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The Dragon's Head Blog: Thoughts on Practicing Taoist Tai Chi for One Year

I have been regularly practicing tai chi for nearly a year now and must say that the health benefits have become clear and noticeable. Early last year, I had a really bad back with symptoms of acute stiffness and daily painful spasm.  My son who is a physiotherapist and GP put it to me strongly that I needed to do something about it and tai chi was suggested.  My sister has been practicing it for some years and spoke of its benefits also.  The rest is history.
I can truthfully report that since starting the classes, my back has been without any pain at all and I definitely have more flexibility in it. I can also report that I formerly had been having ‘touchy’ knees which were quite painful when bending down to cupboards or standing up from a seated position. It’s now rare to experience knee discomfort and, if I do, it’s quite mild.  I should point out that I haven’t started or stopped any other physical exercise in this same period but I do walk from time to time as I have for many years.  Logically, I have to assume that the practice of Taoist Tai Chi® arts is directly responsible for the substantial and most welcome improvement in my back and knees.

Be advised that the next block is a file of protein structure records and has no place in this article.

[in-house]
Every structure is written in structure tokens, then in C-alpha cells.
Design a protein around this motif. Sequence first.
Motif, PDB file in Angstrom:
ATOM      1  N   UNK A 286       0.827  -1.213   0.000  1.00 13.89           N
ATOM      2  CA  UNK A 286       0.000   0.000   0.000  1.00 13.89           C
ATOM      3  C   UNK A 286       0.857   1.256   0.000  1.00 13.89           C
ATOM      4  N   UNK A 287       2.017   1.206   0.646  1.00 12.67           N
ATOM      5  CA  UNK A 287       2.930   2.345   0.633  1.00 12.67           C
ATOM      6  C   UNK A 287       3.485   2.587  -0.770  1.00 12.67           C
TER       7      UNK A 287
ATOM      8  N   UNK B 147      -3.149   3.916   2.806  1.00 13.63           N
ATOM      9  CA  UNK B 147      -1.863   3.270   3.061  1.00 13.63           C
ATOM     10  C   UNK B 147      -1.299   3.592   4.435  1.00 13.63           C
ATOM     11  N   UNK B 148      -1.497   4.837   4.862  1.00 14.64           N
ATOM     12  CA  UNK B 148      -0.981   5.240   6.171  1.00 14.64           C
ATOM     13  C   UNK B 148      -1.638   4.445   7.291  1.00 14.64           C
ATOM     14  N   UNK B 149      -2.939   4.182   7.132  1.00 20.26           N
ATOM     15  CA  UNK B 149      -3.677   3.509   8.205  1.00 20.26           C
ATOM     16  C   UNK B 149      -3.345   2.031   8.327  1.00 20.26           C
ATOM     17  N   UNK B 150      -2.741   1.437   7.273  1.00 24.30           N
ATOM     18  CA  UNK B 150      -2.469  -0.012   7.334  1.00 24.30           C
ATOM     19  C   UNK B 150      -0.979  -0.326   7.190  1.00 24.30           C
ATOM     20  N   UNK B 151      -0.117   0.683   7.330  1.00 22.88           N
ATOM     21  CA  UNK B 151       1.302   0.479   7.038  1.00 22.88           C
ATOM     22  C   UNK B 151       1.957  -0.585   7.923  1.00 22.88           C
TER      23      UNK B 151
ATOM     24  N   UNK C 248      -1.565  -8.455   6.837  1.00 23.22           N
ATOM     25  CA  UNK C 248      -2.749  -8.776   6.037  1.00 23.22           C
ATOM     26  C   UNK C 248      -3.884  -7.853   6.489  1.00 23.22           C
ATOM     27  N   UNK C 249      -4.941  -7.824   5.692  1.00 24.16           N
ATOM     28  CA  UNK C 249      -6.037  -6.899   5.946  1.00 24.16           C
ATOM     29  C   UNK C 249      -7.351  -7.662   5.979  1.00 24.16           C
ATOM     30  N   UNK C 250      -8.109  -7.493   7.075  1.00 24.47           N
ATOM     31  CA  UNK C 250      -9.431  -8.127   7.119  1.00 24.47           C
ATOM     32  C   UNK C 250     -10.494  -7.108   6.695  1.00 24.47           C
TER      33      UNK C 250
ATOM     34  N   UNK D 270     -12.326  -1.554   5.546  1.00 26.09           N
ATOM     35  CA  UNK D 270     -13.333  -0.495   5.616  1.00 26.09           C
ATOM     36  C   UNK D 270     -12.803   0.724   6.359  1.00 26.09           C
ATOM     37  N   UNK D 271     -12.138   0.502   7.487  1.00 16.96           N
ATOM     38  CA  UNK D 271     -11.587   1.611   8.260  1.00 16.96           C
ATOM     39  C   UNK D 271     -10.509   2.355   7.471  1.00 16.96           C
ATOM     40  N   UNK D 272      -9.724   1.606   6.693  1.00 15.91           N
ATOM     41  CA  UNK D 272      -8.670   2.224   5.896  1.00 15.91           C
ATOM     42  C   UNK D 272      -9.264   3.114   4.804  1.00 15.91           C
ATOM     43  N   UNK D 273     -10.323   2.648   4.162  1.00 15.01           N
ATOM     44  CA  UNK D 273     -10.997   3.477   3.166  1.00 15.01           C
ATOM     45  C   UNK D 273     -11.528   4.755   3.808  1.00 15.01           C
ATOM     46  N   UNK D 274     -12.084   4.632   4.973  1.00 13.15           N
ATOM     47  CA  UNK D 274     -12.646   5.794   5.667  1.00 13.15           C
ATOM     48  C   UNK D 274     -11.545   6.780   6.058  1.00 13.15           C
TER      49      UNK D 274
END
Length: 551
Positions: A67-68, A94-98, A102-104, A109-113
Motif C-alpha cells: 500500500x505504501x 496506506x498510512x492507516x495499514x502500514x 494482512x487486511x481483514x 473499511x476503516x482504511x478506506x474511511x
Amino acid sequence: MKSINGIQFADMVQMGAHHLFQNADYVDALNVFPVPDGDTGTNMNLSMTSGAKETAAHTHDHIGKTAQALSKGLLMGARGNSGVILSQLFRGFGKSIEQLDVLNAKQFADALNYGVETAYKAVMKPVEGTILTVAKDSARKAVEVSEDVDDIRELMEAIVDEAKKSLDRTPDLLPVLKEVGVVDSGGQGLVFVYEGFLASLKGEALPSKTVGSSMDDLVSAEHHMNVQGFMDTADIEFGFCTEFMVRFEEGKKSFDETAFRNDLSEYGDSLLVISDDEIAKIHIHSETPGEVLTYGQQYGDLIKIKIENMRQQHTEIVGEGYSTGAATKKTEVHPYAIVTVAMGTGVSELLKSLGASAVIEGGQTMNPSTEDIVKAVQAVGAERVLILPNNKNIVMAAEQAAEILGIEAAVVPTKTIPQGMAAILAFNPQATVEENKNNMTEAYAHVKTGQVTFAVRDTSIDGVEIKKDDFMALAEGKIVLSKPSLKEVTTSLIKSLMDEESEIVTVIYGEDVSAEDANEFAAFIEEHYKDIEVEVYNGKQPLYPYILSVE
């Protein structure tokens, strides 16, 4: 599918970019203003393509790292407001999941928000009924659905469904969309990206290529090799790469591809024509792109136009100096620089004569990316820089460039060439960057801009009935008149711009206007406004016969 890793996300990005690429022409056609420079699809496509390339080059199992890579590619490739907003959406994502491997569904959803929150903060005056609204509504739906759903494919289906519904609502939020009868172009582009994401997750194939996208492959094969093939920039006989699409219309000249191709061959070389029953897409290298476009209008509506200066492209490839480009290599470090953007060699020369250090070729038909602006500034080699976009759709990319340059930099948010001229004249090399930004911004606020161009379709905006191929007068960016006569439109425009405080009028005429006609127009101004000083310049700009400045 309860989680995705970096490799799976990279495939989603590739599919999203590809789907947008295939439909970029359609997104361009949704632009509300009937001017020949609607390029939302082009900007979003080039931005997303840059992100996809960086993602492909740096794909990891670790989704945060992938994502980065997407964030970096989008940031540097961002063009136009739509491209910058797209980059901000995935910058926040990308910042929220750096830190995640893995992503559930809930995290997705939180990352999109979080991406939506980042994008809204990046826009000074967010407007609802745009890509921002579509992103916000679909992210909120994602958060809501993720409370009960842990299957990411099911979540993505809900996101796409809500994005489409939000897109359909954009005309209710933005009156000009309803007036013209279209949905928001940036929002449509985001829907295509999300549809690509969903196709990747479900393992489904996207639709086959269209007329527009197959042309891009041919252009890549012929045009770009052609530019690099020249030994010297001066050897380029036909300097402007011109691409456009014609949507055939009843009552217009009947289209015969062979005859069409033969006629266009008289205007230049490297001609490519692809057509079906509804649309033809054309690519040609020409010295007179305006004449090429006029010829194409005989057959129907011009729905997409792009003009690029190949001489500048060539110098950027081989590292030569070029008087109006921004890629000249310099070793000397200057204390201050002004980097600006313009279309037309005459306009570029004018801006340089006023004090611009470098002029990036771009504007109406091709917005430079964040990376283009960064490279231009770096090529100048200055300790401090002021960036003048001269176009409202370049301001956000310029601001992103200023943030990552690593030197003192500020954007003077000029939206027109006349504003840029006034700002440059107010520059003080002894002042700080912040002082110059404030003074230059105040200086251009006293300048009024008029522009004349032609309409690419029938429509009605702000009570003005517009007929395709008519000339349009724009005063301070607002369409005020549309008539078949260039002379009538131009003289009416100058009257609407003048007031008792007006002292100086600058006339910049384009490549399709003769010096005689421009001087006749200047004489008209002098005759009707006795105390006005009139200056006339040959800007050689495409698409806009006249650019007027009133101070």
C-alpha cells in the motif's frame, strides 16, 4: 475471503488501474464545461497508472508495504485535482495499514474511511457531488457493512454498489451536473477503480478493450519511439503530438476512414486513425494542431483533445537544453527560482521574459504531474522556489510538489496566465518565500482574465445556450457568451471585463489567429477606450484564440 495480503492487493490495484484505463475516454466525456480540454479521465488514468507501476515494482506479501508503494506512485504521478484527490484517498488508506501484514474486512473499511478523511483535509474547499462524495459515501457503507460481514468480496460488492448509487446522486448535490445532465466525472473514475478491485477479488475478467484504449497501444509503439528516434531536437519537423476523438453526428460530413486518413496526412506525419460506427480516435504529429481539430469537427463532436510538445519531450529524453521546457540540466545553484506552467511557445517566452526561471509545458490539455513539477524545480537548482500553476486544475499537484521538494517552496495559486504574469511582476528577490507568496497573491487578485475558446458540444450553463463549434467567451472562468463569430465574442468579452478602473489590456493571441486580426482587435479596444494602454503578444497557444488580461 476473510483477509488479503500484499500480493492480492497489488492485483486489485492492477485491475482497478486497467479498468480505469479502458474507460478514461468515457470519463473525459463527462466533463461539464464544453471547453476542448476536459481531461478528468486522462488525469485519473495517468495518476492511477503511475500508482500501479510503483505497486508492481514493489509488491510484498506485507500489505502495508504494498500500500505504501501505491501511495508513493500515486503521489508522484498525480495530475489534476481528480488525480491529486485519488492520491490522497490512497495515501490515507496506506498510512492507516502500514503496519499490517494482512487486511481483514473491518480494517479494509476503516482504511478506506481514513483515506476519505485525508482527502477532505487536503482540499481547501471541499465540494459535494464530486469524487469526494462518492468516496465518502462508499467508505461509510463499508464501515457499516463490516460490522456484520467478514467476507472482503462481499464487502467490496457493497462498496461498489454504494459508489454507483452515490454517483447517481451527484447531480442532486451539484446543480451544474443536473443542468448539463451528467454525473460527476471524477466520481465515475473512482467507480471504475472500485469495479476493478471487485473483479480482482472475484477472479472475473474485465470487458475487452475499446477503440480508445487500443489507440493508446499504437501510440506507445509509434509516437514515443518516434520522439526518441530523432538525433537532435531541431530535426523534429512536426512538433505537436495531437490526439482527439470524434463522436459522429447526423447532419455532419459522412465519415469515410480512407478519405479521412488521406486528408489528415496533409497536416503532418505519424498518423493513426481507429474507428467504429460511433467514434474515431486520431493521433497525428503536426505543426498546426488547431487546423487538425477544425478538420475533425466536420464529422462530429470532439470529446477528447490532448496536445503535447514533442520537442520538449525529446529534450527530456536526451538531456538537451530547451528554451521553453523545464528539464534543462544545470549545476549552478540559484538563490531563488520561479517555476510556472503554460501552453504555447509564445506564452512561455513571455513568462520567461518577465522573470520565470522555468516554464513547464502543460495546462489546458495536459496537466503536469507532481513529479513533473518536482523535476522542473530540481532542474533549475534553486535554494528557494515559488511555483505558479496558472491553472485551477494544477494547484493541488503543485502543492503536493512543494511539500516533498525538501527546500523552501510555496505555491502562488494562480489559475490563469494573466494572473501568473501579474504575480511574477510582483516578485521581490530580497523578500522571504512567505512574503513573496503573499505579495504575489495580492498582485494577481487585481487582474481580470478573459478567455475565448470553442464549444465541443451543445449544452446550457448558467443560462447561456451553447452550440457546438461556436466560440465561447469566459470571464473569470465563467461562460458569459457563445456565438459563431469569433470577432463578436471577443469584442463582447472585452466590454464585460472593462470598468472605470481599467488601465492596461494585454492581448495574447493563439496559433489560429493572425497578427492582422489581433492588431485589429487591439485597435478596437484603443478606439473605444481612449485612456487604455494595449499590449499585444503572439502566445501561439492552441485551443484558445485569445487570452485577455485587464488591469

I would hasten to add that my whole body seems to be working better.  As a psychologist (retired after 30 years in the field), I have been especially interested in the mental aspects of tai chi alongside the undeniable physical that I find is a part of tai chi practice. I mentioned quite recently to a fellow member that I personally felt there was benefit in the simple discipline of committing the time each week to practice, that is, a certain satisfaction in achieving this.

There is not space in this article to comment about obvious psychosomatic elements of practicing tai chi diligently but there can be little if any doubt that there are powerful and positive connections involved.

For my own part, it’s relatively early days in the Society but I look forward to the opportunity of gradually improving the art with instructors and fellow members who are clearly skilled, dedicated and very tolerant of latter day novices such as me.

— John Davey, Western Australia

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